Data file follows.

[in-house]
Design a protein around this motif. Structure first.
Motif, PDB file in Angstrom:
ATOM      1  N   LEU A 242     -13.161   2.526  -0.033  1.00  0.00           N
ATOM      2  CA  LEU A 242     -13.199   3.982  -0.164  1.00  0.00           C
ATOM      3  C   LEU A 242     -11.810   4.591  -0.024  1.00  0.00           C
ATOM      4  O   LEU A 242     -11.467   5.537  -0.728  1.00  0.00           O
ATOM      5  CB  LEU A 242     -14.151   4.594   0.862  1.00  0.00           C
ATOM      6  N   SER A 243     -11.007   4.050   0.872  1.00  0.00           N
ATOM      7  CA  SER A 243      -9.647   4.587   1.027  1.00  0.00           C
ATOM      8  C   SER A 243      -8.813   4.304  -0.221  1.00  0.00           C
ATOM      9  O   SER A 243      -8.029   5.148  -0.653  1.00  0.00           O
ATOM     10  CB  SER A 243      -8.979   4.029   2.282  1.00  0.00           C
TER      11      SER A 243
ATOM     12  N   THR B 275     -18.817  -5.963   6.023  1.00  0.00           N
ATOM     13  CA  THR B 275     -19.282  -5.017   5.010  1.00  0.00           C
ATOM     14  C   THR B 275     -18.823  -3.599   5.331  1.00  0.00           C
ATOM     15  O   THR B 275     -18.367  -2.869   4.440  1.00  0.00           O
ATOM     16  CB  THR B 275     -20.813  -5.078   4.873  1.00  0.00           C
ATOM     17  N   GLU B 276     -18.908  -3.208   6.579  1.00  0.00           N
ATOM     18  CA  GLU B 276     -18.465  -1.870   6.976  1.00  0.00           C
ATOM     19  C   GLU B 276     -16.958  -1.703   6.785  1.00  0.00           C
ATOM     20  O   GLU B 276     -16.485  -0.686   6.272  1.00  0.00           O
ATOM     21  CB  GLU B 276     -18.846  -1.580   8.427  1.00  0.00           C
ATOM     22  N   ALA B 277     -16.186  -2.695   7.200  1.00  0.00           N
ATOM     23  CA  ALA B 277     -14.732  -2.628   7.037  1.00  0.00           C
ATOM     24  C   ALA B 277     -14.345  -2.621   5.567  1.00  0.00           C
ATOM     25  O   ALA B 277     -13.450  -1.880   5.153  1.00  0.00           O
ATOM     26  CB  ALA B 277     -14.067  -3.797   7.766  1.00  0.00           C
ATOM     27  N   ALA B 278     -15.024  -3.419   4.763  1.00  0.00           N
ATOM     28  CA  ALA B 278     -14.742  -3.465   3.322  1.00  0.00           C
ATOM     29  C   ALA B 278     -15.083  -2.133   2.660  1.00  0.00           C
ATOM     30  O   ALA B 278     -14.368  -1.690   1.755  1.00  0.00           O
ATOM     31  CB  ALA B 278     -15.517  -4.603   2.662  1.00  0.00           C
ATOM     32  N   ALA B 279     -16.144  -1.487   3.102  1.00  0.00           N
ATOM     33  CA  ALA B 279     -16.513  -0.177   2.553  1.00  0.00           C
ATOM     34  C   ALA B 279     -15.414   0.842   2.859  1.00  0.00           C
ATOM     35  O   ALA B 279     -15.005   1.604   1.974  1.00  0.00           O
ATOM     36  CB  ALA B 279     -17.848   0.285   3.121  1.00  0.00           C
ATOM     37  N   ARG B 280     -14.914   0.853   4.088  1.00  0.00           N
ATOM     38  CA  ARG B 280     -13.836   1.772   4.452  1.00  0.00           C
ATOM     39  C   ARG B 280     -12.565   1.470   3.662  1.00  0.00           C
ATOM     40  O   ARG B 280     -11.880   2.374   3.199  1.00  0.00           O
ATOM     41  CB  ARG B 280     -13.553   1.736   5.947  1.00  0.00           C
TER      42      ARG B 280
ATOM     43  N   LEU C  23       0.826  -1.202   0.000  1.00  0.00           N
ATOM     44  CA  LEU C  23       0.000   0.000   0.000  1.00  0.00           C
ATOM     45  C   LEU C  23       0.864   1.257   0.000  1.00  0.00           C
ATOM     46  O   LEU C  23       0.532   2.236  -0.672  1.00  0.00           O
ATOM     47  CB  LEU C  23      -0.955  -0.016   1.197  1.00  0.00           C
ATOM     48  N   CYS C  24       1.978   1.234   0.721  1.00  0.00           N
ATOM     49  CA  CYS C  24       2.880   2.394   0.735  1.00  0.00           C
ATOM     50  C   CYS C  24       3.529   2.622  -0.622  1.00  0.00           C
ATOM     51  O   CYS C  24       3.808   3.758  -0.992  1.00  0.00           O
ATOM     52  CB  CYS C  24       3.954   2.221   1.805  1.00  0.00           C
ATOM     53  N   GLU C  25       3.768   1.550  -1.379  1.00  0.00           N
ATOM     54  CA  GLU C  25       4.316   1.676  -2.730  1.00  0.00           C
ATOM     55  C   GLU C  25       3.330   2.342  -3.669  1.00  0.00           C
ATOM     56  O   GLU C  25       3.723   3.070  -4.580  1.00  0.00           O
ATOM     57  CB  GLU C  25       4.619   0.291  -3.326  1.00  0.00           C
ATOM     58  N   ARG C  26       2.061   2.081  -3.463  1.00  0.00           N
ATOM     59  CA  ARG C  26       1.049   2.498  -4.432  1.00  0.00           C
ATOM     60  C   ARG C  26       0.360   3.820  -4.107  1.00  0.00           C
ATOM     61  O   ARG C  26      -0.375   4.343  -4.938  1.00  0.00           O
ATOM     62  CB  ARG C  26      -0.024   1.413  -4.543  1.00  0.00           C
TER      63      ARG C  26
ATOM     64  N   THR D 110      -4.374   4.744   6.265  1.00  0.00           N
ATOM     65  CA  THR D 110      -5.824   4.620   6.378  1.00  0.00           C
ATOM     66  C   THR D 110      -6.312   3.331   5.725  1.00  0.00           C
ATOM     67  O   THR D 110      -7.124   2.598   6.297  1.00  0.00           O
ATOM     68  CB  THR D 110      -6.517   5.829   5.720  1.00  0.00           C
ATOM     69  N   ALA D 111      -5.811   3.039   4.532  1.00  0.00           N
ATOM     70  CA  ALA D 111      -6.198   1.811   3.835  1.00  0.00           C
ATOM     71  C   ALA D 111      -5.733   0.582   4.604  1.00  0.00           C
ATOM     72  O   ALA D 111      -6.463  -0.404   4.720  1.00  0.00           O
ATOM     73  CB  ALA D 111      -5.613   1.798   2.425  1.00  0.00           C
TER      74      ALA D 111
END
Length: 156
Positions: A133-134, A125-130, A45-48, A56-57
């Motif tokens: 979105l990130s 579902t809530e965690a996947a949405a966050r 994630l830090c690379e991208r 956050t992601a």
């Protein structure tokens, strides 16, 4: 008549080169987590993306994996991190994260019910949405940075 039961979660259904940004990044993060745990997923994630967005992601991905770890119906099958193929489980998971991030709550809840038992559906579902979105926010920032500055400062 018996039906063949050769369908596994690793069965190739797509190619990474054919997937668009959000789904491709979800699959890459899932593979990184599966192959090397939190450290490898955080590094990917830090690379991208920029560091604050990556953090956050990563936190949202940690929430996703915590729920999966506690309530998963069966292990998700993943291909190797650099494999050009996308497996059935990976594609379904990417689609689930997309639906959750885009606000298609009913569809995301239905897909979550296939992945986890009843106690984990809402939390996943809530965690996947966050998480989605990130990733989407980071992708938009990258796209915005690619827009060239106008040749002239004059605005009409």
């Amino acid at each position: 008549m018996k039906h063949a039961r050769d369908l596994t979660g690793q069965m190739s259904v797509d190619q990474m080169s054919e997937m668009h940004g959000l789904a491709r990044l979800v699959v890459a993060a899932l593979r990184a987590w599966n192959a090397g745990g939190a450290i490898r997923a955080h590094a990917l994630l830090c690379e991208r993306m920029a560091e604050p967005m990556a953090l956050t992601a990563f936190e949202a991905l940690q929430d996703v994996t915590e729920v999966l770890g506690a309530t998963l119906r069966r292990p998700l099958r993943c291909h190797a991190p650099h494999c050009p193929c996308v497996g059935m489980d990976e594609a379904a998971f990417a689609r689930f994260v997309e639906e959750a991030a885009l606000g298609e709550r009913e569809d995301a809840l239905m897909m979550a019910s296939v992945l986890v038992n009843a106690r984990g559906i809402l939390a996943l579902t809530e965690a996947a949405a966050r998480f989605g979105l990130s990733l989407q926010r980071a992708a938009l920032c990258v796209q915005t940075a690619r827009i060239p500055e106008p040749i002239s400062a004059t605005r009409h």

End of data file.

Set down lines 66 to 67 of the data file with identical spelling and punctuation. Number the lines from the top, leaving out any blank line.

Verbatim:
TER      63      ARG C  26
ATOM     64  N   THR D 110      -4.374   4.744   6.265  1.00  0.00           N